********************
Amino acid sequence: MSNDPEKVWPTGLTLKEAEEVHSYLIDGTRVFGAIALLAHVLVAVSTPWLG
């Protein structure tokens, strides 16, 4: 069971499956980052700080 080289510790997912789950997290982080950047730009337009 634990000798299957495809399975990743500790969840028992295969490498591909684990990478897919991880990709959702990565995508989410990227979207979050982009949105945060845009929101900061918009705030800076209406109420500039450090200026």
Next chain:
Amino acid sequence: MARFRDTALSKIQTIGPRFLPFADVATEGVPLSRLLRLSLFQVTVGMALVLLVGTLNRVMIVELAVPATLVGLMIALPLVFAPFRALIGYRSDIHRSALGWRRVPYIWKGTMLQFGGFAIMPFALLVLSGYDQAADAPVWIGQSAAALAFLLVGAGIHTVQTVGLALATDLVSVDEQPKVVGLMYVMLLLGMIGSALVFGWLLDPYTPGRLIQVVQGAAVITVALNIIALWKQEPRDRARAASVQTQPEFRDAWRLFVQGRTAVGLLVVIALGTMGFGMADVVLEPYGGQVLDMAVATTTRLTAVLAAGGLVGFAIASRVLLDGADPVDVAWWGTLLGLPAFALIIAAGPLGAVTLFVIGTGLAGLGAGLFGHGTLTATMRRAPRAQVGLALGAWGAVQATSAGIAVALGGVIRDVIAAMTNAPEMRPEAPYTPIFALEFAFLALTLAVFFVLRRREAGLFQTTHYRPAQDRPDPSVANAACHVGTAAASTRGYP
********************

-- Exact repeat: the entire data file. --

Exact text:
Amino acid sequence: MSNDPEKVWPTGLTLKEAEEVHSYLIDGTRVFGAIALLAHVLVAVSTPWLG
């Protein structure tokens, strides 16, 4: 069971499956980052700080 080289510790997912789950997290982080950047730009337009 634990000798299957495809399975990743500790969840028992295969490498591909684990990478897919991880990709959702990565995508989410990227979207979050982009949105945060845009929101900061918009705030800076209406109420500039450090200026």
Next chain:
Amino acid sequence: MARFRDTALSKIQTIGPRFLPFADVATEGVPLSRLLRLSLFQVTVGMALVLLVGTLNRVMIVELAVPATLVGLMIALPLVFAPFRALIGYRSDIHRSALGWRRVPYIWKGTMLQFGGFAIMPFALLVLSGYDQAADAPVWIGQSAAALAFLLVGAGIHTVQTVGLALATDLVSVDEQPKVVGLMYVMLLLGMIGSALVFGWLLDPYTPGRLIQVVQGAAVITVALNIIALWKQEPRDRARAASVQTQPEFRDAWRLFVQGRTAVGLLVVIALGTMGFGMADVVLEPYGGQVLDMAVATTTRLTAVLAAGGLVGFAIASRVLLDGADPVDVAWWGTLLGLPAFALIIAAGPLGAVTLFVIGTGLAGLGAGLFGHGTLTATMRRAPRAQVGLALGAWGAVQATSAGIAVALGGVIRDVIAAMTNAPEMRPEAPYTPIFALEFAFLALTLAVFFVLRRREAGLFQTTHYRPAQDRPDPSVANAACHVGTAAASTRGYP